Wordless Wednesday: Shelfie du jour

Posted on Feb 25, 2015 in A Gathering of Shadows/The Lily Maid, news & muse, the Next Novel, Wordless Wednesday


Photographed in my studio: some of my favorite research books these days. 

Semi-Wordless Wednesday: Fire and Ice

Posted on Feb 18, 2015 in friends and colleagues, news & muse, the world around me, Wordless Wednesday


First, ice. Photographed outside my kitchen window this morning.

Secondly, fire.


This charred book is a relic from a fire that devastated my author friend Kate Quinn’s house last week. Yes, the title of the book is A Day of Fire, which has just been shortlisted for a Historical Novel Society best book award. Yes, Kate is one of the authors listed on the cover. And, as fellow author Sophie Perinot remarked, “In true Kate style, she appreciated the irony.”

393443_299839280050037_411073951_nThis is all preamble to letting you know about a fundraiser to help Kate and her family get back on their feet. Thankfully, everyone survived the fire. However, her house suffered extensive damage, and all of their possessions were lost.

So, if you’re in the mood to do a good deed (and I hope you are), head over to the Kate Quinn House Recovery Fund. You can give as little as the cost of a latte, and it will give you the non-caffeinated buzz of Doing Good. Alternately, you can pre-order Kate’s latest historical novel, Lady of the Eternal City—pre-orders are just the thing to help an author out. And thanks!

Semi-Wordless Wednesday: Back from the VCCA

Posted on Feb 11, 2015 in news & muse, the Next Novel, the world around me, travels, Wordless Wednesday

10410712_10204348804175024_7642075150484817828_nMy morning walk to the studio complex.

Aaaannnd I’m back from my writer’s residency fellowship at the Virginia Center of the Creative Arts. My goal at the VCCA: to finish up a draft of the Next Novel. The good news: I met my goal—I now have a completed draft of about 400 pages. Even better news: I returned to Brooklyn inspired and excited about my work. Nothing like two weeks at an artist colony to invigorate the creative process!

10945004_10204360916597827_6305036740843411470_nMy little studio in the woods.

Though I’ve gone to plenty of writer’s retreats and conferences, the VCCA was my first experience at an artist colony. I truly loved it.

1979761_10204412398684847_5725903634339577751_nThe view from my room in the residence hall.

Imagine a place where everything you need as an artist and writer is provided to you and then some: you’re given a private studio to work in, delicious meals to eat, beautiful private gardens and woods to explore. If that’s not wonderful enough, you’re surrounded by like-minded souls—writers, composers, and visual artists—all who respect your process and are creating fascinating work.

10450822_10204414190769648_8628135096757670951_nView of the studio complex.

This is the VCCA.

1456032_10204422303852470_7667552732980192431_nPrivate path amid the private gardens of the VCCA.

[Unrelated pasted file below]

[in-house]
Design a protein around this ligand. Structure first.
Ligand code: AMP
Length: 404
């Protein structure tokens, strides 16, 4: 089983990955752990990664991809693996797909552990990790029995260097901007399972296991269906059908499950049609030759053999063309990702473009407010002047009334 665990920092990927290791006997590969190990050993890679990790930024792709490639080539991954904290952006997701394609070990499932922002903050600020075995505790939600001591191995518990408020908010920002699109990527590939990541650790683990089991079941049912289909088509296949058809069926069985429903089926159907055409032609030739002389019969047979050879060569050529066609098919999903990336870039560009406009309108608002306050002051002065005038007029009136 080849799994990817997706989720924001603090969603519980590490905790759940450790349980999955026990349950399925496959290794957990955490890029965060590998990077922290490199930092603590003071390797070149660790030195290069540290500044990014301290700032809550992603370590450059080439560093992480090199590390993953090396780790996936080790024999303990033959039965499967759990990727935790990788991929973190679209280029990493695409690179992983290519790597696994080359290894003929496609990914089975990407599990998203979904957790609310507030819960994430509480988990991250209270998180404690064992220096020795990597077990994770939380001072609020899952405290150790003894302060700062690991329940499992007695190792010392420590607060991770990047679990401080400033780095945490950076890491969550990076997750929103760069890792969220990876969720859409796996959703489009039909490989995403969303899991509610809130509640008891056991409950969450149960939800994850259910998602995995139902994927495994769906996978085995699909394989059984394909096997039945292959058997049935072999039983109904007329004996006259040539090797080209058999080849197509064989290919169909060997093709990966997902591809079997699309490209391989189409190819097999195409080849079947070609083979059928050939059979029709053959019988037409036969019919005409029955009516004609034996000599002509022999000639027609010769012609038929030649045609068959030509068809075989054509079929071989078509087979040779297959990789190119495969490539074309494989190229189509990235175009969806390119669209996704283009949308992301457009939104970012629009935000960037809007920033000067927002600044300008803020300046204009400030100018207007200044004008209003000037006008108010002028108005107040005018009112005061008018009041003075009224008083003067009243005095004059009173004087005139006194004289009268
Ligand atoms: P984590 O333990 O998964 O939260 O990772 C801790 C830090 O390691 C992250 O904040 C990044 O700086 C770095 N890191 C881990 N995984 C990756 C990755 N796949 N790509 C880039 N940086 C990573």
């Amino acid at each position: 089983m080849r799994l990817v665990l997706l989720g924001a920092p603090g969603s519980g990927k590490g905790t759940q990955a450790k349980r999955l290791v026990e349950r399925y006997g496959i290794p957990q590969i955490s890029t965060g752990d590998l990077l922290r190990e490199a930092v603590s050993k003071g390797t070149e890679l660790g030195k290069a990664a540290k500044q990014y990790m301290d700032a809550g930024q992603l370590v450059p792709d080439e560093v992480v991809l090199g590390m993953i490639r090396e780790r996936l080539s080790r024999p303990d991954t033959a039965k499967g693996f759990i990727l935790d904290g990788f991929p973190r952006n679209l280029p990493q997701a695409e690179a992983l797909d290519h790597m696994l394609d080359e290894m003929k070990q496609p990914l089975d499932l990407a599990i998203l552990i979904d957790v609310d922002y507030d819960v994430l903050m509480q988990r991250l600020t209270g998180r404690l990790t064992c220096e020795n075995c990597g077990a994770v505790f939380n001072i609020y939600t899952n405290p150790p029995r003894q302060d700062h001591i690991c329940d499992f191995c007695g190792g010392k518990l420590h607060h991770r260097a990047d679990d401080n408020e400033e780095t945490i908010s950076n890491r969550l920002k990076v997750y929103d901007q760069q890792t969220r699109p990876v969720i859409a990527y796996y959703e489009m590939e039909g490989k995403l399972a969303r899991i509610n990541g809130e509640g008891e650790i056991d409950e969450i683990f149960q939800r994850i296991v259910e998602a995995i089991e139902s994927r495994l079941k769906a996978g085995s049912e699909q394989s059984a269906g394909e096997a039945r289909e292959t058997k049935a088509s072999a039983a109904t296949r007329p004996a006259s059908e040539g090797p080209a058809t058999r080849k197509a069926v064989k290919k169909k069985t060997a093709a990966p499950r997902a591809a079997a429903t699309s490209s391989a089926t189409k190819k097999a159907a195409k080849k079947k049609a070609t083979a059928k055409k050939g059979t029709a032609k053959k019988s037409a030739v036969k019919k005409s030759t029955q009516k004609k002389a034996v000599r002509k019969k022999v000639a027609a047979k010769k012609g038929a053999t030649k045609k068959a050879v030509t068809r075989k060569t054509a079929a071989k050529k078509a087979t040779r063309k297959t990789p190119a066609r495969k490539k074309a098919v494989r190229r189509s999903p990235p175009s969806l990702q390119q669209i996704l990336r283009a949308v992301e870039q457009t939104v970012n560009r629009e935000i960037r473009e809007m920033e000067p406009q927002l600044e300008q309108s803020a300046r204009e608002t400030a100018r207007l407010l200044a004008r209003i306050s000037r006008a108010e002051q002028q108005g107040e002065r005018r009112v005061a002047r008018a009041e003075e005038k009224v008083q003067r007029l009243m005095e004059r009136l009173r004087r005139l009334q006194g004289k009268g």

I hope to return one day.

10410381_10204355577304348_1501736789349946766_nThe famed VCCA cows. Their grazing field was across from the studio complex.

Wordless Wednesday: Green-wood Obelisks

Posted on Feb 4, 2015 in news & muse, the world around me, Wordless Wednesday


Photographed late last year at Green-wood Cemetery in Brooklyn using the Hipstamatic tintype app.

Snippet Sunday: loaves and homilies

Posted on Feb 1, 2015 in news & muse, Snippet Sunday, the Next Novel

trees at the Brooklyn Botanical Gardens

Snippet Sunday is a monthly meme organized by Stephanie Dray in which historical authors post six sentence snippets of their novels (and sometimes a little more). For the sake of organization, I’ve decided to post mine on the first Sunday of the month. You can read my previous snippets here.

February’s snippet is from the Next Novel, which I’ve been hard at work on these past weeks at the Virginia Center for the Creative Arts, where I was a writer in residence. The Next Novel is set in 1851 England; this post offers more details. This particular excerpt occurs toward the beginning of my novel.

One cottage, set deep from the road, especially drew Robert’s attention. It looked the same as it had three years earlier: the plaster and timber construction from the sixteenth century, the tangle of blood-red roses blooming even now in late winter. The small vegetable plot and fruit trees marking the front of the house looked abandoned from more than the season; Robert recalled the fig and apple trees, the rows of beans and melons twined over willow stakes, the mill spilling with water diverted their way to mill wheat into flour. This had been his wife Sida’s family home. She’d grown up there, the daughter of a tenant farmer. She’d been someone he was not to speak to. Someone to ignore save on Sunday afternoons when he and his mother would tour the cottages after service bearing loaves of bread and homilies of compassion.

Above: trees at the Brooklyn Botanical Gardens via the Hipstamatic tintype app, which makes everything look oh-so-Victorian.